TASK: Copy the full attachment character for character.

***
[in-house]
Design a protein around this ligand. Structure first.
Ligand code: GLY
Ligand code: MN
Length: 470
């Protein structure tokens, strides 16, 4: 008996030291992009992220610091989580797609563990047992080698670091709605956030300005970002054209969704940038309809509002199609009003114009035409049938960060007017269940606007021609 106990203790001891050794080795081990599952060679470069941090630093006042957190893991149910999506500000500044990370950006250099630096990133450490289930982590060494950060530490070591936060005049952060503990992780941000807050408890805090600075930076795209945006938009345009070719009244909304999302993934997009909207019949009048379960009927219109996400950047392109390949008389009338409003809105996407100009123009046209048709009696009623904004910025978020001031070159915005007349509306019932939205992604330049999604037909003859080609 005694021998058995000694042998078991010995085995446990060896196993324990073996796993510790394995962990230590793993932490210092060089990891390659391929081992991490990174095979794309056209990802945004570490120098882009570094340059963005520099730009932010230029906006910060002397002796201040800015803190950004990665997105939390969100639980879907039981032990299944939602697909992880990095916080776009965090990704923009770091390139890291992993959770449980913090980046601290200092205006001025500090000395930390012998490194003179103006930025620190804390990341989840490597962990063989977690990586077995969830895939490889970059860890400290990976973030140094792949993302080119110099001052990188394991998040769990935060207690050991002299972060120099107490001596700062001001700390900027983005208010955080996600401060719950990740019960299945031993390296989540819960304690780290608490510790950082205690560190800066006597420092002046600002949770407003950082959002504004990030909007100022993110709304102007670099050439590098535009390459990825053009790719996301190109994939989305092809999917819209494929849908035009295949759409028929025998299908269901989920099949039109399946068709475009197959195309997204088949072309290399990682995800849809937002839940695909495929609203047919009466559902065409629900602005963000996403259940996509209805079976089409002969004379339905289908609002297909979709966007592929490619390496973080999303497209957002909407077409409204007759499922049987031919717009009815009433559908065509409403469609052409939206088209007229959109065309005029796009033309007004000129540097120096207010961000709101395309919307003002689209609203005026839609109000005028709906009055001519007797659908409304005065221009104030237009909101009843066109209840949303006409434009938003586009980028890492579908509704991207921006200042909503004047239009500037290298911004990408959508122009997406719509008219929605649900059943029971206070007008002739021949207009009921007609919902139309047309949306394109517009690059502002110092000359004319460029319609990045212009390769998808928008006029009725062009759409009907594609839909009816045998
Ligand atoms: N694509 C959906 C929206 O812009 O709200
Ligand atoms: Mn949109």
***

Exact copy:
[in-house]
Design a protein around this ligand. Structure first.
Ligand code: GLY
Ligand code: MN
Length: 470
């Protein structure tokens, strides 16, 4: 008996030291992009992220610091989580797609563990047992080698670091709605956030300005970002054209969704940038309809509002199609009003114009035409049938960060007017269940606007021609 106990203790001891050794080795081990599952060679470069941090630093006042957190893991149910999506500000500044990370950006250099630096990133450490289930982590060494950060530490070591936060005049952060503990992780941000807050408890805090600075930076795209945006938009345009070719009244909304999302993934997009909207019949009048379960009927219109996400950047392109390949008389009338409003809105996407100009123009046209048709009696009623904004910025978020001031070159915005007349509306019932939205992604330049999604037909003859080609 005694021998058995000694042998078991010995085995446990060896196993324990073996796993510790394995962990230590793993932490210092060089990891390659391929081992991490990174095979794309056209990802945004570490120098882009570094340059963005520099730009932010230029906006910060002397002796201040800015803190950004990665997105939390969100639980879907039981032990299944939602697909992880990095916080776009965090990704923009770091390139890291992993959770449980913090980046601290200092205006001025500090000395930390012998490194003179103006930025620190804390990341989840490597962990063989977690990586077995969830895939490889970059860890400290990976973030140094792949993302080119110099001052990188394991998040769990935060207690050991002299972060120099107490001596700062001001700390900027983005208010955080996600401060719950990740019960299945031993390296989540819960304690780290608490510790950082205690560190800066006597420092002046600002949770407003950082959002504004990030909007100022993110709304102007670099050439590098535009390459990825053009790719996301190109994939989305092809999917819209494929849908035009295949759409028929025998299908269901989920099949039109399946068709475009197959195309997204088949072309290399990682995800849809937002839940695909495929609203047919009466559902065409629900602005963000996403259940996509209805079976089409002969004379339905289908609002297909979709966007592929490619390496973080999303497209957002909407077409409204007759499922049987031919717009009815009433559908065509409403469609052409939206088209007229959109065309005029796009033309007004000129540097120096207010961000709101395309919307003002689209609203005026839609109000005028709906009055001519007797659908409304005065221009104030237009909101009843066109209840949303006409434009938003586009980028890492579908509704991207921006200042909503004047239009500037290298911004990408959508122009997406719509008219929605649900059943029971206070007008002739021949207009009921007609919902139309047309949306394109517009690059502002110092000359004319460029319609990045212009390769998808928008006029009725062009759409009907594609839909009816045998
Ligand atoms: N694509 C959906 C929206 O812009 O709200
Ligand atoms: Mn949109």